The bustling Red Line, MBTA's busiest subway line, could transport an additional 10,000 passengers an hour and keep the time between trains to about three minutes if the agency upgrades the line's entire fleet, according to T projections.

The 50-percent boost in capacity would mean less congestion, especially in the system's downtown Boston core, for the 150,000 riders who rely on the Red Line each day. And demand is on the rise as more housing is built near Red Line stations in Quincy, Dorchester and Cambridge's white-hot Kendall Square market.

"We know the Red Line is booming. We know the Red Line needs more capacity," Acting MBTA General Manager Brian Shortsleeve said on Monday. "I think one thing everyone agrees on is that more capacity on the Red Line is a good thing."

MBTA Chief Operating Officer Jeff Gonneville said the current maximum capacity of the Red Line is 13 trains per hour—carrying roughly 20,280 passengers—with four-and-a-half to five-minute intervals between trains.

The T can't change the distance between stations and the numerous curves in the Red Line's track, both of which limit how quickly trains can travel. But T officials said they want to tackle two other constraints: vehicle performance and the time trains sit idle at stations.

The allowable span between any two trains is determined by the distance it takes for a train to come to a complete stop, the T said. The signal system on the Red Line is based on the stopping distance of its "number 3" cars, which were put into service in the early 1990s, Gonneville said.

By replacing all of its cars and making "minor speed code changes," the Red Line could accommodate about 30,000 passengers per hour on 20 trains spaced about three minutes apart, Gonneville said.

The T is already in the process of replacing 132 of its roughly 220 Red Line cars by 2022. The new cars will be "number 4" type cars, which can travel faster for longer because they require 311 feet less than the current cars to come to a complete stop from 25 miles per hour, Gonneville said.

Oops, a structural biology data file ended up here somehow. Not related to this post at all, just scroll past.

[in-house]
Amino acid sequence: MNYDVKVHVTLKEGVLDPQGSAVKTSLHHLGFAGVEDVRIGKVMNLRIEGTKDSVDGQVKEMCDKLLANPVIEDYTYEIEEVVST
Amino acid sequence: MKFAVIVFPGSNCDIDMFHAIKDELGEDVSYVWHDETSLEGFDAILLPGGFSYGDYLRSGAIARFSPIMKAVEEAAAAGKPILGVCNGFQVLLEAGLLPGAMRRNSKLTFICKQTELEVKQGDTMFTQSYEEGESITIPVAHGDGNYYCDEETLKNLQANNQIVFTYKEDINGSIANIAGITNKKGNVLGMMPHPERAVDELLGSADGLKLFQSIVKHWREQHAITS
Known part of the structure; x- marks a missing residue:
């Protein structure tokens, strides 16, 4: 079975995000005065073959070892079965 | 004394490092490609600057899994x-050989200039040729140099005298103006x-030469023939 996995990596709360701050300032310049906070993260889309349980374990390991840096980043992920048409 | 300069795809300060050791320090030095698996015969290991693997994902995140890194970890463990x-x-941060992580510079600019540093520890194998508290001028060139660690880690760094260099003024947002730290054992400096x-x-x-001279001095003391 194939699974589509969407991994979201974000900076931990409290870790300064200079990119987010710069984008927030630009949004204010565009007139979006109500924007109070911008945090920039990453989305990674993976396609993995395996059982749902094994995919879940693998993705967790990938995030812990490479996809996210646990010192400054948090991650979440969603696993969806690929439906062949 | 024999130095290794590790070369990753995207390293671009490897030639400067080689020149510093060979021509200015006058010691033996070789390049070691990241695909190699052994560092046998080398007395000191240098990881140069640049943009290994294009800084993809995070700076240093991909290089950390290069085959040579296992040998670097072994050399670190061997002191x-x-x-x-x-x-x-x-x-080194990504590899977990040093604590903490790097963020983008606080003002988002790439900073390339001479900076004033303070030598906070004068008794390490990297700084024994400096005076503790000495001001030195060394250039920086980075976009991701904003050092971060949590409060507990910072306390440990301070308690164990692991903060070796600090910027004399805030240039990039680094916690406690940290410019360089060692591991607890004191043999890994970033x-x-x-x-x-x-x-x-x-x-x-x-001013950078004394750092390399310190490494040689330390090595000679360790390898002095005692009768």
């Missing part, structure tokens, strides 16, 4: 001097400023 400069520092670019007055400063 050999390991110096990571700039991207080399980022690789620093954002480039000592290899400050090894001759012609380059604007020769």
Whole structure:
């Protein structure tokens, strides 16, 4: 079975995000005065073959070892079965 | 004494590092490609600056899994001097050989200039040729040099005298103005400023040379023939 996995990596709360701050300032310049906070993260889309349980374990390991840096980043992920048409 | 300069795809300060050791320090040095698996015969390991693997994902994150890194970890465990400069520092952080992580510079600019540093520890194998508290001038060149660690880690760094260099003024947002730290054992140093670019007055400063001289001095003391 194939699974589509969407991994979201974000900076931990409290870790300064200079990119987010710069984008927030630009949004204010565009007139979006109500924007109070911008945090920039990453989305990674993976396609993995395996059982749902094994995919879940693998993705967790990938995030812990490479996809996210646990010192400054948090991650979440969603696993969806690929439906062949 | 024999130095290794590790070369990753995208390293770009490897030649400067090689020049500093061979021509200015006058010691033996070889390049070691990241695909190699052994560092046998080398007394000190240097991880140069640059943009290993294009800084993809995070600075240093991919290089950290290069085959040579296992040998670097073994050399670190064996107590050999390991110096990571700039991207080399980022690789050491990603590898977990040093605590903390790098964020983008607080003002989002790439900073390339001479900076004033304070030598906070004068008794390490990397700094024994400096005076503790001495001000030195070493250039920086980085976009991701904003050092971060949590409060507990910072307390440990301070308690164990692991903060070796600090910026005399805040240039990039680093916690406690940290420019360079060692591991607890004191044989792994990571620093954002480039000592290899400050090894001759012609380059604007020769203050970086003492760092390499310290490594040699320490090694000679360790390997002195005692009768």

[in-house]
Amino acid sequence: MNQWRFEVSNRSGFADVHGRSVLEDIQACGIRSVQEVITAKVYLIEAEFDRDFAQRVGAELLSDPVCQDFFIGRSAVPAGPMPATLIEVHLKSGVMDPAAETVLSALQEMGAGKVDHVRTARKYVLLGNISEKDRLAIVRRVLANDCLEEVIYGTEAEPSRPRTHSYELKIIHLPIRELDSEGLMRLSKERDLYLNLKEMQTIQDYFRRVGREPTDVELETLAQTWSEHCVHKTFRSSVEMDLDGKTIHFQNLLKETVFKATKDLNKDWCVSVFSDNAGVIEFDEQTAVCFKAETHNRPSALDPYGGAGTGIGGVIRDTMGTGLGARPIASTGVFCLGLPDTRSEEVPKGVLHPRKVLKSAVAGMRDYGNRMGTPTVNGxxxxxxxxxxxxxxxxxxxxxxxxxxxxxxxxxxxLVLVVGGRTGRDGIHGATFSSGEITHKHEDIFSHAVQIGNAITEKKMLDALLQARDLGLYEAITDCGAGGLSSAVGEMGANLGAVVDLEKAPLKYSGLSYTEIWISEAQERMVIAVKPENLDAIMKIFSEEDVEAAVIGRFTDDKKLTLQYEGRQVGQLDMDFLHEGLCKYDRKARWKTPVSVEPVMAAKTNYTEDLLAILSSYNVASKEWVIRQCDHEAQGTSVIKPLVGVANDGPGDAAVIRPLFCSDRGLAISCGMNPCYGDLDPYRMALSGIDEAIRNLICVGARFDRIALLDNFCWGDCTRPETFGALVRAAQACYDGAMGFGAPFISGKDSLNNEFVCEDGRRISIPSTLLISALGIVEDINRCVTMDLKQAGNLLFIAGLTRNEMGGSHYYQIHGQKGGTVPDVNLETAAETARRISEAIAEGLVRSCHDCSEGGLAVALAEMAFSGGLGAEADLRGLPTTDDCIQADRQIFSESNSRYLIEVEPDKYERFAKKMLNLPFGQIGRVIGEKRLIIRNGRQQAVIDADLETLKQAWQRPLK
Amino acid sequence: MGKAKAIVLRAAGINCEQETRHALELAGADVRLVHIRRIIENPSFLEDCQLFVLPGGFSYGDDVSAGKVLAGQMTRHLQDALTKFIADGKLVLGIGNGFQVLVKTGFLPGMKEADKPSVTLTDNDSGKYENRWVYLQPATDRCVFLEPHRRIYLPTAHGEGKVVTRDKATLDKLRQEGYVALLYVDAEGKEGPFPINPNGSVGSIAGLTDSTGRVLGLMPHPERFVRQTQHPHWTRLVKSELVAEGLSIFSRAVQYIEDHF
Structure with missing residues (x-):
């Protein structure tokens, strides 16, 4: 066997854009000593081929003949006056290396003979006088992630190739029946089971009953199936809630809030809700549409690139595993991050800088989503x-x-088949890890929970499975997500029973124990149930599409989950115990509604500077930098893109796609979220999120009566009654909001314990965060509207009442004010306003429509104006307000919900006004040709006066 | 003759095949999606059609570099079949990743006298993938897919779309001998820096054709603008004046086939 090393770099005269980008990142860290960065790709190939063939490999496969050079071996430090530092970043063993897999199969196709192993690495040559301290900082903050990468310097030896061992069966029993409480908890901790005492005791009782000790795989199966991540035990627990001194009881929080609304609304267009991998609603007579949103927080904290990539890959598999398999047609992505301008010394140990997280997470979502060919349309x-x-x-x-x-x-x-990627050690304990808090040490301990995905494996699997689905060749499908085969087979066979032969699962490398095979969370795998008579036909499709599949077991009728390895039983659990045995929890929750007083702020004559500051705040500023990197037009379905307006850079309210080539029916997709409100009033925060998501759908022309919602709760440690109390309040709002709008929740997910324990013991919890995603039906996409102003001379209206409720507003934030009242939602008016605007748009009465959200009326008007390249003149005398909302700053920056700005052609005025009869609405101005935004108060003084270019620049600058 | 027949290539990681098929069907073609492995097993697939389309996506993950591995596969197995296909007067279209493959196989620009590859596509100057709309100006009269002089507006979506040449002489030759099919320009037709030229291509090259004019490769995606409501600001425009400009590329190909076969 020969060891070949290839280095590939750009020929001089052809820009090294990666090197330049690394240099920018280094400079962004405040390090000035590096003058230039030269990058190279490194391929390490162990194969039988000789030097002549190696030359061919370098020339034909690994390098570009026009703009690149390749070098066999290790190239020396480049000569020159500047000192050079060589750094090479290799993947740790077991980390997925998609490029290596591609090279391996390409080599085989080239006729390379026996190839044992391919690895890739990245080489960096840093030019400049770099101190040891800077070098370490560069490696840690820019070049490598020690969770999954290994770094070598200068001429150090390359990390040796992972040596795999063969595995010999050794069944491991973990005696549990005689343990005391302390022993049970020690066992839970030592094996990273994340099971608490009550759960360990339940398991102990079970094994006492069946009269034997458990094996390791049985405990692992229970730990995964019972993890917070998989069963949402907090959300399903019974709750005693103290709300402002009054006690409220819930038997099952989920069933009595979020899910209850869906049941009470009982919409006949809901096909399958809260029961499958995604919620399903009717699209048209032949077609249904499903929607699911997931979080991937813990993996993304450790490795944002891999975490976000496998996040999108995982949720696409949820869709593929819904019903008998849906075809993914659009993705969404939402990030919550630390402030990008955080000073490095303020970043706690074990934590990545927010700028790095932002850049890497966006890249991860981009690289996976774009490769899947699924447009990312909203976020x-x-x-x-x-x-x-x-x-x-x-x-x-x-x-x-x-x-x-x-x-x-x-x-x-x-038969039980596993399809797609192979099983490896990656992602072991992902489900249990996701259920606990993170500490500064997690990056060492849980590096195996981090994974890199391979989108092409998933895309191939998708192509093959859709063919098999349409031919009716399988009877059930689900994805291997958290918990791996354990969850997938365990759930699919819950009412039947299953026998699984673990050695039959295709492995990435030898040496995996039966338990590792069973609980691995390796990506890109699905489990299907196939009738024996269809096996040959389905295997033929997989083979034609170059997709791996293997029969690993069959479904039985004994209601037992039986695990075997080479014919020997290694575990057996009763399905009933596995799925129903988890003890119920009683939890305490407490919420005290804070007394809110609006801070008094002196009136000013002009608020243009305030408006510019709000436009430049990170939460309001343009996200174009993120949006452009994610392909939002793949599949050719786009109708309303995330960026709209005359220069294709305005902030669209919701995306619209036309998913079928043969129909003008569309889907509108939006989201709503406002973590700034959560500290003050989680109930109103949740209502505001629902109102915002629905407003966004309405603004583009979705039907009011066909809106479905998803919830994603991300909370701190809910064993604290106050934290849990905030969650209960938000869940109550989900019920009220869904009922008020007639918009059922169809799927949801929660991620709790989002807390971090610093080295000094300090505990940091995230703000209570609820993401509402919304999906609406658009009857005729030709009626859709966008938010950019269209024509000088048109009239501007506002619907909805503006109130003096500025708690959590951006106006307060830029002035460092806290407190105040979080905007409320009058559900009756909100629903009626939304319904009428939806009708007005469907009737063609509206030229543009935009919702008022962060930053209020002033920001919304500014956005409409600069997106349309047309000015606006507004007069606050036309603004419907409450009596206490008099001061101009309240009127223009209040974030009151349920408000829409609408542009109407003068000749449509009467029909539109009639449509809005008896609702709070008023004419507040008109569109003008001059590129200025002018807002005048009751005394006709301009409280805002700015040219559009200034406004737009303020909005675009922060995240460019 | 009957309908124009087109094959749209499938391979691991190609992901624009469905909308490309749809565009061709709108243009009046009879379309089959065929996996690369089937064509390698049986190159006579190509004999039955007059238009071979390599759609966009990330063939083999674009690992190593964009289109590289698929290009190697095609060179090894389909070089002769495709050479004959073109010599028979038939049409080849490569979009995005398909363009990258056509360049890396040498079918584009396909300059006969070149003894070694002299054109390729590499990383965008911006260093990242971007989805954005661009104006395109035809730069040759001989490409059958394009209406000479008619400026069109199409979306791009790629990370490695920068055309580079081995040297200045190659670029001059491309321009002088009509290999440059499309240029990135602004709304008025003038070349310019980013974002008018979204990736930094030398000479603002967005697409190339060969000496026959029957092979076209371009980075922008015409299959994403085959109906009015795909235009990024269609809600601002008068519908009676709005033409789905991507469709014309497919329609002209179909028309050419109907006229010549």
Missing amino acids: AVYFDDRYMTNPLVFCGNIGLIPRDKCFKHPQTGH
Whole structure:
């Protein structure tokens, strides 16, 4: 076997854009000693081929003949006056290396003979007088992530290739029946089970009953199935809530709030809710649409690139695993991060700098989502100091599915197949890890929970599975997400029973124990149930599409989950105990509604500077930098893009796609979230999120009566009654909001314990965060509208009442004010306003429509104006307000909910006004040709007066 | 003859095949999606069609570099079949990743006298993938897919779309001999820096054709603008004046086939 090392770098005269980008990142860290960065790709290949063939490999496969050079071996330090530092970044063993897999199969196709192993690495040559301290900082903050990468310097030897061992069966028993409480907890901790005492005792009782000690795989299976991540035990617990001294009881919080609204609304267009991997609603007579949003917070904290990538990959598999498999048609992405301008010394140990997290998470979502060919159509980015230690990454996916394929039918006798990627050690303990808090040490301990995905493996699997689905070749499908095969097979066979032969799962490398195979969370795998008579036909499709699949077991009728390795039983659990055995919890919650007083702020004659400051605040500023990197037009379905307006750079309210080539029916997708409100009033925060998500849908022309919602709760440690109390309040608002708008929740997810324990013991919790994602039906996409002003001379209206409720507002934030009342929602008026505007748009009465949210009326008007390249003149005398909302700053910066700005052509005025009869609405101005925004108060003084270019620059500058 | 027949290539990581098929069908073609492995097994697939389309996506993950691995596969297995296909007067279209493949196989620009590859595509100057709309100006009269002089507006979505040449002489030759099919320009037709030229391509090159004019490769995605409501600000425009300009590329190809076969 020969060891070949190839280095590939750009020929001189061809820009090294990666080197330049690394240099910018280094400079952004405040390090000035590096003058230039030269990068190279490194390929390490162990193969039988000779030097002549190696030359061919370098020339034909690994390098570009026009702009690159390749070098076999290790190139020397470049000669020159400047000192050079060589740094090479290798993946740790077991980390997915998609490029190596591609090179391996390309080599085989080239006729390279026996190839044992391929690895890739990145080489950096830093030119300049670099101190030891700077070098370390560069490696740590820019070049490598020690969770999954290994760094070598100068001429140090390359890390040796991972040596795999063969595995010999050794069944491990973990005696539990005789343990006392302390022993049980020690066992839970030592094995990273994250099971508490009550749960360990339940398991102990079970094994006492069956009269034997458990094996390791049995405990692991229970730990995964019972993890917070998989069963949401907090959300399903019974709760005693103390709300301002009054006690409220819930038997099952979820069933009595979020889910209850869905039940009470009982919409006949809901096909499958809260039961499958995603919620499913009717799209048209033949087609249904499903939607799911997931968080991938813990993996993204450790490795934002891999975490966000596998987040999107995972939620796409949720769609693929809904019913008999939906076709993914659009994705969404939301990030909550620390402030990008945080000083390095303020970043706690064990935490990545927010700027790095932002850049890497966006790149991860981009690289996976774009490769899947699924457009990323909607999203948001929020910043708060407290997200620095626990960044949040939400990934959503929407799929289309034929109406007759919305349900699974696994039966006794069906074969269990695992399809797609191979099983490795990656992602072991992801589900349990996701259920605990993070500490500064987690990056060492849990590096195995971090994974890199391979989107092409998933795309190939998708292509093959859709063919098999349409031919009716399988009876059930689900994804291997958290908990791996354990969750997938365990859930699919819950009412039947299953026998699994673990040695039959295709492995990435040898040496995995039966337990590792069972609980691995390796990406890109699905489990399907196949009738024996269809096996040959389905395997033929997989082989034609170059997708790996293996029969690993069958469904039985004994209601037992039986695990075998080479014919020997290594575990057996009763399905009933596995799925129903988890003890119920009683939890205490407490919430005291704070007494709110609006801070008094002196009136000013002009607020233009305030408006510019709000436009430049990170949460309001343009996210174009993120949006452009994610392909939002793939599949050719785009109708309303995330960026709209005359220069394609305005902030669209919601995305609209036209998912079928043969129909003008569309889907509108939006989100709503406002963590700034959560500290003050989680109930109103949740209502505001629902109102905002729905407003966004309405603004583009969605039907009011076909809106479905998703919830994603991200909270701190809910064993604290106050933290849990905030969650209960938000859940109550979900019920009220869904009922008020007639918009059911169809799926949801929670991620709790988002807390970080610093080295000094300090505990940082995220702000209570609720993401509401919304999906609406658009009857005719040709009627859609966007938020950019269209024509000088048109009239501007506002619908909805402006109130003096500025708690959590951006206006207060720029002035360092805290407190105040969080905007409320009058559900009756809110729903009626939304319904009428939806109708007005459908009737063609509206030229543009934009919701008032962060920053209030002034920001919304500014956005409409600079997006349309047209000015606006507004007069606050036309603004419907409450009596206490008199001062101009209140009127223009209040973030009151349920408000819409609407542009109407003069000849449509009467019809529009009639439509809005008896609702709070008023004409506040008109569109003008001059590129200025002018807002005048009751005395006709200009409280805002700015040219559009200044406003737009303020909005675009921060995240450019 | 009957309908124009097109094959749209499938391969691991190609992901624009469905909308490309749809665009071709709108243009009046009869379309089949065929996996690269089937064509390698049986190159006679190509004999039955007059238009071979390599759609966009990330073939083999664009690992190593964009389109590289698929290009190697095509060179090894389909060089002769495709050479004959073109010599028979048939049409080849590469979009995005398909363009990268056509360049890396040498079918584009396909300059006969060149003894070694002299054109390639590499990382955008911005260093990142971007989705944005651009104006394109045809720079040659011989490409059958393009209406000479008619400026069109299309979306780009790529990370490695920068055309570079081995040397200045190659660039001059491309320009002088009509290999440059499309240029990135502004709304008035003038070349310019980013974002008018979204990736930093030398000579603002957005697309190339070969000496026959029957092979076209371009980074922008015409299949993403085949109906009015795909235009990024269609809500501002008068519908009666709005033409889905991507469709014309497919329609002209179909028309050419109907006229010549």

Gonneville asked the T's Fiscal and Management Control Board on Monday to allow him and his team to dig deeper into the possibility of replacing the remainder of Red Line cars with new number 4 cars to facilitate the increase in capacity instead of moving forward with the current plan, which is to conduct "mid-life overhauls" of the older train cars.

"We've certainly seen that upgrading these vehicles with a more modern vehicle would have a substantial impact on our system performance," Gonneville said.

Upgrading vehicles alone would not allow the T to increase capacity on the Red Line. The line's capacity is also limited by station dwell times—the amount of time a train sits idle at a station.

"The dwell times themselves are well beyond what we see in the industry, at least what we consider to be the industry average—about 45 seconds," Gonneville said, adding that dwell times can approach two minutes during rush hours. "Those dwell times at a particular station actually have a great ripple effect across our system."

The T can take some steps immediately to reduce dwell times, Gonneville said, including having station attendants who assist drivers in determining when it is safe to shut the train doors.

Rider behavior also contributes to dwell times, and Gonneville said he plans to return to the T control board in "three to four weeks" with a presentation on a campaign to make riders more mindful of how their actions affect dwell times.

"We would like to work with our customers to begin talking about dwell times and some things we could do creatively to begin getting our dwell times down to that industry average," he said.